The side effects of war in Europe, and Cuba’s increasingly strategic asset

The side effects of war in Europe, and Cuba's increasingly strategic asset

HAVANA, April 22nd. In a sign of a very spotty tourism recovery, airport traffic at Varadero has plummeted at the end of this high season, as a result of Russia’s invasion of Ukraine and the absence of Russian flights.

In response to Visa and Mastercard sanctions against Russia, Cuban officials are scrambling to enable Russian tourists to pay with their Mir cards in the island. But that will be of little help if Russian airlines continue to be blocked from crossing European Union airspace.

The war in Ukraine — in addition to triggering scarcity for coveted Lada parts — also put upward pressure on fuel and food prices.

Even so, inflation has slowed a bit from the fast rate in January and February. In informal markets the euro is now trading at 125 pesos — five times the official rate.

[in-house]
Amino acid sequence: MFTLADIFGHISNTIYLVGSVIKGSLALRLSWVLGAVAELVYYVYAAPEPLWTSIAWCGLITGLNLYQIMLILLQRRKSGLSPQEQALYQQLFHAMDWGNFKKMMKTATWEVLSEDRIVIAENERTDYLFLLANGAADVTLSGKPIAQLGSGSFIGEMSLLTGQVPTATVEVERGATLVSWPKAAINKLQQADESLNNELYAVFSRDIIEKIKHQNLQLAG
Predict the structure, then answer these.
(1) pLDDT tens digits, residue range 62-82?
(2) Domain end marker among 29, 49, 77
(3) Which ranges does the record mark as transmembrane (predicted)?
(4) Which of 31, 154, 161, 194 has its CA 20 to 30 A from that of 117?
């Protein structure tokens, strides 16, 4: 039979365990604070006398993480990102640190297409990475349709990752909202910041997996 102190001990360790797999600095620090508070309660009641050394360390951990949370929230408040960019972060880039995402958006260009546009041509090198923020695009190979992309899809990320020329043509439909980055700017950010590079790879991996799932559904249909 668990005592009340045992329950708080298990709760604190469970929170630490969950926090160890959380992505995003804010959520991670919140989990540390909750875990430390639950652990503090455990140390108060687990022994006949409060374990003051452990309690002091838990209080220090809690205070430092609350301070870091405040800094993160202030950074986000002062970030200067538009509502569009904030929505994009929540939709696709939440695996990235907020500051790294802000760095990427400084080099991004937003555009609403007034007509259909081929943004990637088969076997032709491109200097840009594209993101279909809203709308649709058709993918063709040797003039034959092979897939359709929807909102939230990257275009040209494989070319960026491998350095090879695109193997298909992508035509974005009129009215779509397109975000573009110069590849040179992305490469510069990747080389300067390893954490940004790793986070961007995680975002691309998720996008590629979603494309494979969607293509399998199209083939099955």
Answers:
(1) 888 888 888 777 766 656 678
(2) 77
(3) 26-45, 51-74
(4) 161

Upside: For one, the opening towards private business continues at a speedy pace, with the number of incorporated companies crossing the 2,000 threshold.

Also, Cuba’s nickel and cobalt reserves are becoming an increasingly strategic asset, as global demand for batteries is skyrocketing and Russian nickel is now sanctioned by the western world.

Ironically, the Cuban industry is now one of the biggest “independent” nickel mining operations outside the control of Russia or China.

A boost in export revenues aside, this has the potential of producing a political opening for the island. Immediately after Russia invaded Ukraine, the Biden administration sent negotiators to Caracas to restart the oil flow from previously shunned Venezuela.

Why not Cuba, too? In a first sign of easing, the Biden administration held its first round of immigration talks with Cuba today, after a four-year interruption.